Halloween has its origins in pagan practice, and lacks any overt rationale for its celebration other than its pagan origins or the Catholic response to it, is governed by the statement of the Rema (Rabbi Isserless) that such conduct is prohibited as its origins taint it. Participation in Halloween celebrations -- which is what collecting candy is when one is wearing a costume -- is prohibited. One should not send one's children out to trick or treat on Halloween, or otherwise celebrate the holiday.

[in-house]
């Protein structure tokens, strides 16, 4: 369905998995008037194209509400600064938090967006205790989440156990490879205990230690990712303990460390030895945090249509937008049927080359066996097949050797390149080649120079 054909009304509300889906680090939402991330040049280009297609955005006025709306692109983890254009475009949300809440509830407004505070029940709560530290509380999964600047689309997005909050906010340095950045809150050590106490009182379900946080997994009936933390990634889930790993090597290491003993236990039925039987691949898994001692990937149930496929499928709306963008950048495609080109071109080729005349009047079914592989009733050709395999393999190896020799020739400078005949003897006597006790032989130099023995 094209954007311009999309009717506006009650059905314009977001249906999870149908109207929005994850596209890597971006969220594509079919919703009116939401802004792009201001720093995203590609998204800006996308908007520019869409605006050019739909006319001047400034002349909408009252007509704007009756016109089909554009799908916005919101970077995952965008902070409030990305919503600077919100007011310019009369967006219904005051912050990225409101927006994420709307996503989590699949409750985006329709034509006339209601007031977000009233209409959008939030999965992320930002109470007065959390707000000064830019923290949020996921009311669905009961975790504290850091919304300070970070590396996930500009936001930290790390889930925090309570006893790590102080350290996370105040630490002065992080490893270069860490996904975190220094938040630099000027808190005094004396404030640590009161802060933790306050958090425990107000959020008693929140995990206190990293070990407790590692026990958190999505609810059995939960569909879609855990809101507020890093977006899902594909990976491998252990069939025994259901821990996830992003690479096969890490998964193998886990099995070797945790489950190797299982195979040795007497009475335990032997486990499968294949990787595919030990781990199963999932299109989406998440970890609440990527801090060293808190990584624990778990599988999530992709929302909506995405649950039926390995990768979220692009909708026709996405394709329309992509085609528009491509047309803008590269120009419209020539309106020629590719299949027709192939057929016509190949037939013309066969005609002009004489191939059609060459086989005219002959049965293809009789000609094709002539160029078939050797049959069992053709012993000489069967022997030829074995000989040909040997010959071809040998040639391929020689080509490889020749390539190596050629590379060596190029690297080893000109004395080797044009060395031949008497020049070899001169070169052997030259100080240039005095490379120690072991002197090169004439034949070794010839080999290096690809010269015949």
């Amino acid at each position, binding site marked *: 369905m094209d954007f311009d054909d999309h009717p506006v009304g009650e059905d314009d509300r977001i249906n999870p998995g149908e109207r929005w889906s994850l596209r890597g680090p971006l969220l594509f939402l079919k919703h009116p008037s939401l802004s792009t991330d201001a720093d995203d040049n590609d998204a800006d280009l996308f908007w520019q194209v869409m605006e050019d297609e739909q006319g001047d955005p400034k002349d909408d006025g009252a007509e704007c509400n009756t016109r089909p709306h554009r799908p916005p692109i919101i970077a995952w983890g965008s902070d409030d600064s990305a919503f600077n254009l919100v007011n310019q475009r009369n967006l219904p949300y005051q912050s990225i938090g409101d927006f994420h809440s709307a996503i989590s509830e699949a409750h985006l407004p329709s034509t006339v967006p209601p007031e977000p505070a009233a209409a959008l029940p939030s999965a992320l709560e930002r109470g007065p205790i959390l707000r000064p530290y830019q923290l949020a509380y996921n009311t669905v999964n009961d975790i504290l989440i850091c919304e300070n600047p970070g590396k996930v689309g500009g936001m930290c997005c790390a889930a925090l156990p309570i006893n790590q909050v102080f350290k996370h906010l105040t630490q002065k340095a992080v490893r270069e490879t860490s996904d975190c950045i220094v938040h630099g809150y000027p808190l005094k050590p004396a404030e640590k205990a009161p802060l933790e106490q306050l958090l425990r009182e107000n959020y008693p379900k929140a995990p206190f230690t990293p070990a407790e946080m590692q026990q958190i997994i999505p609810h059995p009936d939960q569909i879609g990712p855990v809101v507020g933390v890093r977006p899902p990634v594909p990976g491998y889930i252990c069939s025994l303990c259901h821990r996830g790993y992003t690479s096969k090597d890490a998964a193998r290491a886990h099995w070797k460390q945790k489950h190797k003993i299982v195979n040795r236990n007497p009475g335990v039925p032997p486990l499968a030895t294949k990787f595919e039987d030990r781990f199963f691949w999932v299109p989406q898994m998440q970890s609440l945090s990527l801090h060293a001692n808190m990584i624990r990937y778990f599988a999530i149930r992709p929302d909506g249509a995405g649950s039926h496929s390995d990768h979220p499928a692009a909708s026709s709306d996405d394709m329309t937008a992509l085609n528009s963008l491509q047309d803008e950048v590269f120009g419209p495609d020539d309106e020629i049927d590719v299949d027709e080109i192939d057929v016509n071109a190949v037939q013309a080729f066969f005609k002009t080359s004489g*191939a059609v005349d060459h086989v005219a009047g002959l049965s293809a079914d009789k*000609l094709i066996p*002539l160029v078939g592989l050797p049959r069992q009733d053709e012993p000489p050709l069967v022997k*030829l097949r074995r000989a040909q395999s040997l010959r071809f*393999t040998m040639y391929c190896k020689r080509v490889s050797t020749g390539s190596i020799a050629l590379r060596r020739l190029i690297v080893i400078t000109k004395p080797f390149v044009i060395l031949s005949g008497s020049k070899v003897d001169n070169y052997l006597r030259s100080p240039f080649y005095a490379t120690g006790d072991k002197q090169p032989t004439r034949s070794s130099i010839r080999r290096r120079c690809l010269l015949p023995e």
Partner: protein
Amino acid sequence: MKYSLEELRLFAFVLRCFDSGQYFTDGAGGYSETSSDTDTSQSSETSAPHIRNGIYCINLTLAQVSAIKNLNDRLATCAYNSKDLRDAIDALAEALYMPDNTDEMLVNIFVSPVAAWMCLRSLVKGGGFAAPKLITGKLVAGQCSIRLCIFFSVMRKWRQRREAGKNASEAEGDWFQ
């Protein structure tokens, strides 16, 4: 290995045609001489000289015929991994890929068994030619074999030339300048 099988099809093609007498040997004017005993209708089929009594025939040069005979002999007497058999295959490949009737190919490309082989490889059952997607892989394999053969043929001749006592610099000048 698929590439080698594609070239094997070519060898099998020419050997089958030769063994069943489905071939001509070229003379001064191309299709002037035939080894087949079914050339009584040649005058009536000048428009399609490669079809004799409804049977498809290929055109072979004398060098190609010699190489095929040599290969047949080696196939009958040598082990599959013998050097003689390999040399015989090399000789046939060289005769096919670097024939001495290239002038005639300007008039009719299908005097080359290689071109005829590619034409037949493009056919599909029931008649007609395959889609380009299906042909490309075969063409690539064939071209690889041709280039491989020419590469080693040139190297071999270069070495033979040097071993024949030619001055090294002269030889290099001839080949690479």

There are significant reasons based on dakei shalom (the ways of peace), eva (the creation of unneeded hatred towards the Jewish people) and other secondary rationales that allow one to distribute candy to people who will be insulted or angry if no candy is given. This is even more so true when the community -- Jewish and Gentile -- are unaware of the halachic problems associated with the conduct. Thus, one may give candy to children who come to one's house to "trick or treat" if one feels that this is necessary.